2017 Student Loan Debt Policy Changes

These brand new policy changes make it easier than ever to qualify for a mortgage


Do you dream of being a homeowner, but your student loans have kept you from qualifying for a mortgage?

You’re in luck! Fannie Mae has just made some changes to their underwriting requirements pertaining to student loans. Three important features in this new program will make it easier for potential home buyers with student debt to obtain a home loan, or to refinance by using home equity to pay off these student loans.

student loan buying a home

If your credit is acceptable, the first thing a lender will look at is your debt-to- income ratio (otherwise known as “DTI” or the percentage of your debt in comparison to your pre-taxed income). Your maximum DTI typically cannot be more than 45 percent, including your mortgage payment. Prior to Fannie Mae’s changes, your student debt would push your DTI (allowed percentage of debt you have compared to your income) well above the allowed figure. This happened because lenders had been required to use a payment that would pay off the student debt at the end of the term, or 1% of the balance of the loan, even if the ACTUAL payment is only a fraction of this amount.

Here are the ways Fannie Mae has made things better for home buyers with student loans:

  1. If you have an existing income-driven student loan payment plan where a monthly payment is determined based on income, you can use the reduced payment that is reported on your credit report (FHA does not follow this guideline yet, but Freddie Mac does). The key is, the payment must show up on your credit report, and the amount must be more than $0. If these criteria are not met, a lender will still have to use the 1% Rule. You do also have the option to apply for a new income-driven plan to overwrite your current one if need be. If you are not sure what your credit report has listed as your debt, or if you will need to apply for a new student loan plan, begin the preparation process with your chosen lender early so that you have plenty of time to correct issues if necessary.
  2. If your parents, your employer, or anyone else pays for a monthly debt for you, Fannie Mae will disregard these payments, and not include them in your DTI. This will apply to your student loans, credit cards, vehicle loans, or any other installment debt. Simply provide proof that someone other than you has made these payments for at least the past 12 months.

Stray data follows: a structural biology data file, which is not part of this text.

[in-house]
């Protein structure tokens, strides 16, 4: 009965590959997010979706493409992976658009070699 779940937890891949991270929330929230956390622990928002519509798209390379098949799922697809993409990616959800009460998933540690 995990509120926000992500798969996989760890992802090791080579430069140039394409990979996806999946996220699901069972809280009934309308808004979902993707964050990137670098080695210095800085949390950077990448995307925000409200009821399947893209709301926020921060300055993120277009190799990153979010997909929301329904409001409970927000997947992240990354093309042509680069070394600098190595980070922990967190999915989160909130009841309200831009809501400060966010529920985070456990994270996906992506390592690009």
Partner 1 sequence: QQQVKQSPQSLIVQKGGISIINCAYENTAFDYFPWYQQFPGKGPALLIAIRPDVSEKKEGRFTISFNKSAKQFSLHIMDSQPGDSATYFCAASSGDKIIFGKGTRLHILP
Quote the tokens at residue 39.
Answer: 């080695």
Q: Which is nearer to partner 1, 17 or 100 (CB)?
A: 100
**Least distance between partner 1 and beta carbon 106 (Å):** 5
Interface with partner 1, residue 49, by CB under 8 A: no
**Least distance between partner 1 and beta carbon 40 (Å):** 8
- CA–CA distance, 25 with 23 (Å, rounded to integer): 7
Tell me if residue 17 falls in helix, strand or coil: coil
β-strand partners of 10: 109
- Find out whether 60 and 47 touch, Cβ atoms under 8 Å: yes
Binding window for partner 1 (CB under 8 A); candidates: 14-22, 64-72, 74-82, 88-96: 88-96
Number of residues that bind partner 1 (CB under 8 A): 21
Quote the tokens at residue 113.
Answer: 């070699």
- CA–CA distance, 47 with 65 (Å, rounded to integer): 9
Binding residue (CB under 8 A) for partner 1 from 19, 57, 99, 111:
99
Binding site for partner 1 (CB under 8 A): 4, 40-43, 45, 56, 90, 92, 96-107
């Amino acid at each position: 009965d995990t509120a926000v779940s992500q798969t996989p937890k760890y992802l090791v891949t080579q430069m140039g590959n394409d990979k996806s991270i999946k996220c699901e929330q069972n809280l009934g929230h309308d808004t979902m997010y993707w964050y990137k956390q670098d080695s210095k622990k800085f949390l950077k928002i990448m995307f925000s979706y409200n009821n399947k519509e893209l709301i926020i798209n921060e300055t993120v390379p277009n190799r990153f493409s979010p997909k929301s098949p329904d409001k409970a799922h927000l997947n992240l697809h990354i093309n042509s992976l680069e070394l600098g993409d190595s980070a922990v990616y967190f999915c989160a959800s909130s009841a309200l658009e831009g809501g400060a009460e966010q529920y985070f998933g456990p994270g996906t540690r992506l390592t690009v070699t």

3. A borrower now has lower costs when paying off student loans with a home equity loan or cash-out refinancing. While this has always been an option, it typically came with high fees and high interest rates. Now, borrowers receive the same rate on the amounts used to pay off student loans that is given on the new mortgage. Fannie Mae is also eliminating the extra fees that go along with a cash-out, as long as these funds are going towards the student loans. To qualify, at least one student loan must be paid off in full and sent directly to the loan holder, and the loan must belong to the borrower. That’s it!
  4. can I buy a home if I have student loans

    Like anything else, research all your options before making decisions, because some federal student loans may have lower interest rates than a mortgage loan, but in a lot of cases, huge savings will be seen by paying off high-interest student loans with a home equity loan.

    So if you’ve been turned down for a home loan or a refinance in the past because of your student debt, now’s the time to try again! Chances are, if you can relate to any of these changes, you may find yourself eligible for a mortgage now.. This, along with the fact that loan rates are still low, makes this the perfect time to take a closer look at home loans, even with student loan debt. If you’d like personal expert guidance with this new program, please feel free to connect with one of our friendly agents for more advice.

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